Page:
• Can you recommend a dynamic sitemap creator that works with sites?

    • Reid Bandremer


      I’ve never used an dynamic Sitemap generator so I suppose I cannot recommend. However, this one was located on Google’s XMl Sitemap list and there is another one that may be what you’re looking for.

      Perhaps you can test those out.

  • Also does the order of the pages on the sitemap have any relevance? I was sort of wondering if I should have the important pages at the top. My head says it makes no difference.

    • Reid Bandremer

      Good question, Will. The answer appears to be it “likely makes no difference” as seen at What I think is that the order of the URLs never matters except in one possible condition – where the spider hits the crawl budget and must stop crawling your Site before it is complete. That scenario might occur for sites with index bloat and URLs at the end may be crawled less frequently – note that this is just my educated guess.

      Also, note that you can indicate priority of a page with the tag (

  • alex

    Oh, really i want to submit sitemap, this article is helpful to understand what really i need to do. But I have some query how can submit mobile version website sitemap.

  • Muhammad Wajid

    i need sitemap with unlimited links
    is there any let me know

  • Muhammad Wajid

    how can we edit a site map is there any tool
    how to create txt site map

  • Thank you for this link I been looking for a sitemap generator that will pick up all of the pages for my website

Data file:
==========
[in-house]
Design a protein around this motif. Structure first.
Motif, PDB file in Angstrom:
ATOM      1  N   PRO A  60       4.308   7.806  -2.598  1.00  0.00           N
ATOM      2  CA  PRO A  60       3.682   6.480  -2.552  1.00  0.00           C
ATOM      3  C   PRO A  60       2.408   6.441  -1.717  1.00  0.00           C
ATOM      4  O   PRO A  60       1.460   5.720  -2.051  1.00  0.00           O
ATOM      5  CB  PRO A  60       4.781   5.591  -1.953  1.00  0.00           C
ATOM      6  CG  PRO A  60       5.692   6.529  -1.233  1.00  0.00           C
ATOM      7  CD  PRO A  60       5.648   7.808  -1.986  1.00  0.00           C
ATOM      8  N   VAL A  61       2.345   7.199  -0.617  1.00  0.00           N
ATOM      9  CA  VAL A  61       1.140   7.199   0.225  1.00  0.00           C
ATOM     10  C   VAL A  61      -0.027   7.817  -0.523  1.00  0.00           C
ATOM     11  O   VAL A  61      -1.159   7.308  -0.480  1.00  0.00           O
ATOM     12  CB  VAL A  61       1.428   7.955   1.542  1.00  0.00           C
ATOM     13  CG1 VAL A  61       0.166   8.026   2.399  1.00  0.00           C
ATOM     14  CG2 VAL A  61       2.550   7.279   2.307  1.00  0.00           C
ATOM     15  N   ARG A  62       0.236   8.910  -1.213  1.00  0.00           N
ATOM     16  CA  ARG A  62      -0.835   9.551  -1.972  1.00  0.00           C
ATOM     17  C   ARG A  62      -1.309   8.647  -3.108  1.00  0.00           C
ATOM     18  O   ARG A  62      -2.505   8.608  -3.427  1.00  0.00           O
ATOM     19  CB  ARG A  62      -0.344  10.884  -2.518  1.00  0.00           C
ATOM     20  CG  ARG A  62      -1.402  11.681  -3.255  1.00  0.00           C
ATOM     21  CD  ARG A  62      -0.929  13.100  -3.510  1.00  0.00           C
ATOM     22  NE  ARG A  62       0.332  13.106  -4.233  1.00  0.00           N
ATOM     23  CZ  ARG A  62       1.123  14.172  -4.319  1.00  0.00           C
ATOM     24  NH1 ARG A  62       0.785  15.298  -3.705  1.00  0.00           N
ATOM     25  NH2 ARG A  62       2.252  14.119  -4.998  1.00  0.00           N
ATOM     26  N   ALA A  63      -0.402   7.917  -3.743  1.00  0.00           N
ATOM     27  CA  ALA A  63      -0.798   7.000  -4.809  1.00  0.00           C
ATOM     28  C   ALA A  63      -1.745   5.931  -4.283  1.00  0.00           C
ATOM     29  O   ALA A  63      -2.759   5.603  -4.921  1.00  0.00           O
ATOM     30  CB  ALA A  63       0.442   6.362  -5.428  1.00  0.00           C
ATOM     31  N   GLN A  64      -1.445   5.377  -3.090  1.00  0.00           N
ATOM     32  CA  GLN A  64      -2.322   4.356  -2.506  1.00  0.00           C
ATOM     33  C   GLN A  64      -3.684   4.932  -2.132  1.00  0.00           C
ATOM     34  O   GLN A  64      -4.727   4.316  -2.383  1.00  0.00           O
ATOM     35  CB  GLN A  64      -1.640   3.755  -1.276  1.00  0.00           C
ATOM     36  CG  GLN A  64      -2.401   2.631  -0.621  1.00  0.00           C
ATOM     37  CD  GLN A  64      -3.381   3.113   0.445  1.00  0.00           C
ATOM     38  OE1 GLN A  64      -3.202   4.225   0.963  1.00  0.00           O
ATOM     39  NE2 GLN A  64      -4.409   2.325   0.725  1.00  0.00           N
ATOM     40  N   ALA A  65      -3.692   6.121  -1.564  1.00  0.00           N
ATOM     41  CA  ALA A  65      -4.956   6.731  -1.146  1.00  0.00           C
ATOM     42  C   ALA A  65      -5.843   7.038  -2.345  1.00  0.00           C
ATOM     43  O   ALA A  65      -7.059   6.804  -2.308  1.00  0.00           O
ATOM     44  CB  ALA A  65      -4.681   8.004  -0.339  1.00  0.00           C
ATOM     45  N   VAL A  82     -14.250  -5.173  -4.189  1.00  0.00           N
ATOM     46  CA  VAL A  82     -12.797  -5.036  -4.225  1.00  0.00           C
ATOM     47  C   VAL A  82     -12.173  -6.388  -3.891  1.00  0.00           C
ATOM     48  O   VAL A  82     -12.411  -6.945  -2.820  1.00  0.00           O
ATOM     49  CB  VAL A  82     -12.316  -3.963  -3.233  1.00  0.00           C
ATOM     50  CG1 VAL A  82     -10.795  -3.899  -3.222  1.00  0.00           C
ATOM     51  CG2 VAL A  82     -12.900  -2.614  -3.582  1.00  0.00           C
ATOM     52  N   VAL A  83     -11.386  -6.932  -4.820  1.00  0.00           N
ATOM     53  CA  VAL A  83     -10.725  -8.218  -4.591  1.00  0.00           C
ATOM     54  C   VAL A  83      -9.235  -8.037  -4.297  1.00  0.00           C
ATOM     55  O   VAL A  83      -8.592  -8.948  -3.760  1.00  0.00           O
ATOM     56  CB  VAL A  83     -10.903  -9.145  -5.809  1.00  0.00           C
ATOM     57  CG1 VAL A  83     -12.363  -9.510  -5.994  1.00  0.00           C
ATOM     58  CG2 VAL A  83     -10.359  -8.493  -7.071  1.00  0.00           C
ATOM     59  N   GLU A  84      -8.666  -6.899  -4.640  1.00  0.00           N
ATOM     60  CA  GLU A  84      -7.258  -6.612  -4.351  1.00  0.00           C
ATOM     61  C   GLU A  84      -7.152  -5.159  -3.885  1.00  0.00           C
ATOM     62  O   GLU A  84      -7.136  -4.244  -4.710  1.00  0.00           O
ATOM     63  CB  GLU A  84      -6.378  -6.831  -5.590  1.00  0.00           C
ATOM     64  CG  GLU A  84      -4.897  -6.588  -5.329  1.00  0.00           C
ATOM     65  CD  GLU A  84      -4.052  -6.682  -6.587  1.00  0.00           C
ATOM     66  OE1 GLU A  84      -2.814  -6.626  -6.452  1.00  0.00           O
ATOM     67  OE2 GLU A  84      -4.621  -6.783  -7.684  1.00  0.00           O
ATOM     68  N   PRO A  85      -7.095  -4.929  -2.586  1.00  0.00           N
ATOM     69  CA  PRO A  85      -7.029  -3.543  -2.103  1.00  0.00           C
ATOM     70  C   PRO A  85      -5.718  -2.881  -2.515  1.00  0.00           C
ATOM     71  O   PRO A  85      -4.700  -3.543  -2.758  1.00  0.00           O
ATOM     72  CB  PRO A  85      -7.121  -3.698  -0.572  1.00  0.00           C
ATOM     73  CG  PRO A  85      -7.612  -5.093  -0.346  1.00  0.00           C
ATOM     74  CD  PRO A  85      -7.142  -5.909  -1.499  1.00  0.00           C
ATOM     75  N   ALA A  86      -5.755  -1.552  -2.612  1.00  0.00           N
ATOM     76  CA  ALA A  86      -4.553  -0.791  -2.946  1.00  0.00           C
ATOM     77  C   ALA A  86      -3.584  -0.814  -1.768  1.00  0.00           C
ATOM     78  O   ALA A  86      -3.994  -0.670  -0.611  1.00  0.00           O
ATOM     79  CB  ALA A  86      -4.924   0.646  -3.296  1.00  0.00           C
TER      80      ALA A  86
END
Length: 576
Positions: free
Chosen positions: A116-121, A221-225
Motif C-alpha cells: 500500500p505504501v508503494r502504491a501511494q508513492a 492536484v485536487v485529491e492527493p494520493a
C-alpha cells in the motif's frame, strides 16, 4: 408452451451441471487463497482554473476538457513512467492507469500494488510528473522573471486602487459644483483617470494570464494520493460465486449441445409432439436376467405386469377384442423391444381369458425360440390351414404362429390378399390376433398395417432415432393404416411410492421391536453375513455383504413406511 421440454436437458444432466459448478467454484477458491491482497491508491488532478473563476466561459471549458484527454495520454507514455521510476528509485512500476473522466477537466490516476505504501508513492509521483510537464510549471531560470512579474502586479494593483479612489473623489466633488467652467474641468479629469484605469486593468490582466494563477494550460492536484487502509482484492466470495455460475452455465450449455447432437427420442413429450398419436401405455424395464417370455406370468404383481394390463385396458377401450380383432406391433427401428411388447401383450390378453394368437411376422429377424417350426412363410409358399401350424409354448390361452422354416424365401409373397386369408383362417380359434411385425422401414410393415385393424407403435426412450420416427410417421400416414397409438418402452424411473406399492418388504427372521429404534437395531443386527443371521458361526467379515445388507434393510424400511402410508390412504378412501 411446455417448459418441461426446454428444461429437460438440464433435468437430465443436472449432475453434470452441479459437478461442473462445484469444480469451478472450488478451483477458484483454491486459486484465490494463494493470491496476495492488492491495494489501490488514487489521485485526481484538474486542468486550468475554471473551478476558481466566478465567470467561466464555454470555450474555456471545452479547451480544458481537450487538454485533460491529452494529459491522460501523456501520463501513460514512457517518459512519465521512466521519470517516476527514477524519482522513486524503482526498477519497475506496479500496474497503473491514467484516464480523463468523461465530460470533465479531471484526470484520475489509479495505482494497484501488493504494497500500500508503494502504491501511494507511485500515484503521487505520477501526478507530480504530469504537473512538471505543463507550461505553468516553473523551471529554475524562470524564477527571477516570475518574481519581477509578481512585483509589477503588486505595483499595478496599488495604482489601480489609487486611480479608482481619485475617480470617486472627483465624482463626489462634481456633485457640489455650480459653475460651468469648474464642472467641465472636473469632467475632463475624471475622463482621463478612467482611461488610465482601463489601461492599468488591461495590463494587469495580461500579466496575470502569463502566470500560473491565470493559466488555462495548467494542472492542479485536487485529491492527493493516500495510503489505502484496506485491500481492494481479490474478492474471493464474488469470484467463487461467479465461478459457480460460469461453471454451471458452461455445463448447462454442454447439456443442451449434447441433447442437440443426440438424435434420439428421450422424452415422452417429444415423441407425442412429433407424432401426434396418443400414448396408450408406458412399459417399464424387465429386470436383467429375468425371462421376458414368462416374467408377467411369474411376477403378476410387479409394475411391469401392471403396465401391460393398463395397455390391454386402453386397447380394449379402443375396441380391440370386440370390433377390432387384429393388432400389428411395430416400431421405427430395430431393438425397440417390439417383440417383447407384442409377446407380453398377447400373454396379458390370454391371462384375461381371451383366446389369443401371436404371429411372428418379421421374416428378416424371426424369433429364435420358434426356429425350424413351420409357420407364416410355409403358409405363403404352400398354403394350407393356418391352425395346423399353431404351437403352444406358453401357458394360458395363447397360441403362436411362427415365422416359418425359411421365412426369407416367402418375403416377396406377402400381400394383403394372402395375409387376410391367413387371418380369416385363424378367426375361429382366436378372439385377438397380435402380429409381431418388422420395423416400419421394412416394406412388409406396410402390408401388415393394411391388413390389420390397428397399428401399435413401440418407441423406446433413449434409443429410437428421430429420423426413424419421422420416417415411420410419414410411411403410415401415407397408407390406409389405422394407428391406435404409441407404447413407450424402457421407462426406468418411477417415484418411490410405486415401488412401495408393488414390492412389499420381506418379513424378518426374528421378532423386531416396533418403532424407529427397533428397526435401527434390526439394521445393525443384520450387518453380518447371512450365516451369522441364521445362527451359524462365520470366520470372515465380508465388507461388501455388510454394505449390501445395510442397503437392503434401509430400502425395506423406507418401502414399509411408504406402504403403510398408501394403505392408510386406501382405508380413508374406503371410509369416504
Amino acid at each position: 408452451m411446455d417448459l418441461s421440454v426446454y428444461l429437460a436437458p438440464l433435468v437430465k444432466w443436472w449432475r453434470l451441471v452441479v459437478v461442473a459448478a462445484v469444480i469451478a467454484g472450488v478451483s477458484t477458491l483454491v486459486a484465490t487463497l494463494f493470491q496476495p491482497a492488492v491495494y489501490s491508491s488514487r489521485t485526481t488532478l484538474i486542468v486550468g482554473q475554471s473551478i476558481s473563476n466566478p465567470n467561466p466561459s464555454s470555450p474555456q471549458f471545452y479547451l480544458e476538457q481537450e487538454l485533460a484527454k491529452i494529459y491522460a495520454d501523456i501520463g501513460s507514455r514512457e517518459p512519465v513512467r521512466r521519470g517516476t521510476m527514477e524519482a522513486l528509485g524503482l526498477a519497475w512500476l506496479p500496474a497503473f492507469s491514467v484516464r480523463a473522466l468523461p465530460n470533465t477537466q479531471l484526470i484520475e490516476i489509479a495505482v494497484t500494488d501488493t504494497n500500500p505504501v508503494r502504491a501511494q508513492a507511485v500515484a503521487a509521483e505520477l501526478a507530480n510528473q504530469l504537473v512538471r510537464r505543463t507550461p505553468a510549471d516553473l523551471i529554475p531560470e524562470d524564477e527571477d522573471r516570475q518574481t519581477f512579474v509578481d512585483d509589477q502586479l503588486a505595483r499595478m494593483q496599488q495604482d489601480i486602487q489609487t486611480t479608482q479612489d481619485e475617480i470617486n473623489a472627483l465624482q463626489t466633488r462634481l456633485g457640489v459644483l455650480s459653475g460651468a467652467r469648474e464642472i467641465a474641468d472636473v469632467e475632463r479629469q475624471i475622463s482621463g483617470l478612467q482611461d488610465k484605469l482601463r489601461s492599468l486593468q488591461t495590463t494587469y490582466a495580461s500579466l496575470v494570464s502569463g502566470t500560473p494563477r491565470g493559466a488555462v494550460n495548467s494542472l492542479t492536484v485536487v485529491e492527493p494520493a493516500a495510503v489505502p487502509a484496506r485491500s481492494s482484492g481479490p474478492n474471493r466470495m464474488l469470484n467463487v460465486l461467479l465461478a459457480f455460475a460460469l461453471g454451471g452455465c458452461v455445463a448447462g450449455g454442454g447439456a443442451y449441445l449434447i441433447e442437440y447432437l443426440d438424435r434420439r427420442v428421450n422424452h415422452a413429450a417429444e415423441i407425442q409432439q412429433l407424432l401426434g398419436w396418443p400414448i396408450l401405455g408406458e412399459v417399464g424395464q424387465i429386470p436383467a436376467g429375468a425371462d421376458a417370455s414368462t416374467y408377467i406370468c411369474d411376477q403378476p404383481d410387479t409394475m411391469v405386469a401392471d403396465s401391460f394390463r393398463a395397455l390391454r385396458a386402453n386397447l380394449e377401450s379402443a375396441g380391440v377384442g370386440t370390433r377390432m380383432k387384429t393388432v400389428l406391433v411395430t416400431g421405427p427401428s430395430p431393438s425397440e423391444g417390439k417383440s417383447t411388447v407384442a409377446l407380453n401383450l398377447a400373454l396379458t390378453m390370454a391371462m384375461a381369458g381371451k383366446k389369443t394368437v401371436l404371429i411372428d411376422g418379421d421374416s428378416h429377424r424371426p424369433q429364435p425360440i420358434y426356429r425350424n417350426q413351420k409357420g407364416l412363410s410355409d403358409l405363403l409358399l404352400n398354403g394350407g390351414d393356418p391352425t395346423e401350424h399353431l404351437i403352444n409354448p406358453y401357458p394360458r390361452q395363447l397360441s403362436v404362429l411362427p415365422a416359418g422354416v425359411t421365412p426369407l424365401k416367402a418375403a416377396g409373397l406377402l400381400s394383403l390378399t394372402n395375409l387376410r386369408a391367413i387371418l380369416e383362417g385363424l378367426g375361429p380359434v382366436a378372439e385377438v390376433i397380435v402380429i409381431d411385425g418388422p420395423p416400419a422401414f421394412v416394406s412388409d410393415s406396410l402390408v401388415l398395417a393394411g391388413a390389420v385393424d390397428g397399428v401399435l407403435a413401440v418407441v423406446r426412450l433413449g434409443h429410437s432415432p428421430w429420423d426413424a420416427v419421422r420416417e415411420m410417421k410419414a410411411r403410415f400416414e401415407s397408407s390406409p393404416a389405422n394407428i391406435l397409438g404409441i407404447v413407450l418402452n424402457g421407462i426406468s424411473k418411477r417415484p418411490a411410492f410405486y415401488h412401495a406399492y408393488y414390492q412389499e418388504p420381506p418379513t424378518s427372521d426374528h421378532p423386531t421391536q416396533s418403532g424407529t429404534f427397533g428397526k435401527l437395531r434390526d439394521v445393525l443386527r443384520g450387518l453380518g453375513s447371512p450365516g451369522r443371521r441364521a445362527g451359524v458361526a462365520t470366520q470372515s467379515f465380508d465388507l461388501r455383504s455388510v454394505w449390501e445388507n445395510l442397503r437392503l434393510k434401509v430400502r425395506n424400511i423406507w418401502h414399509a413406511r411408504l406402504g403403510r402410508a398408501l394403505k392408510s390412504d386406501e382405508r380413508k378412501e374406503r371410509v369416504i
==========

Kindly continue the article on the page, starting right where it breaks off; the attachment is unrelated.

I run my wordpress website of a database and it generates extensions like and for some reason I can’t figure out the sitemap generators don’t pick up these pages, maybe someone can explain why?

    • Reid Bandremer

      I’m not sure why the Sitemap doesn’t catch those URLs with the VenuesID parameter. However, even if they did, and the search engine crawlers crawled those pages, they would probably not index them because the target of rel=canonical for those pages is So, first make sure the pages are indexable, then make sure they are in the Sitemaps. Maybe those issues are related…

      Good luck Antoine

  • Hey thanks for the detailed and insightful article, however I have a asp coded website,, and I am not sure how to build a sitemap for it. I can use online generator however I don’t know how to submit it on the website. I am customed to use wordpress earlier.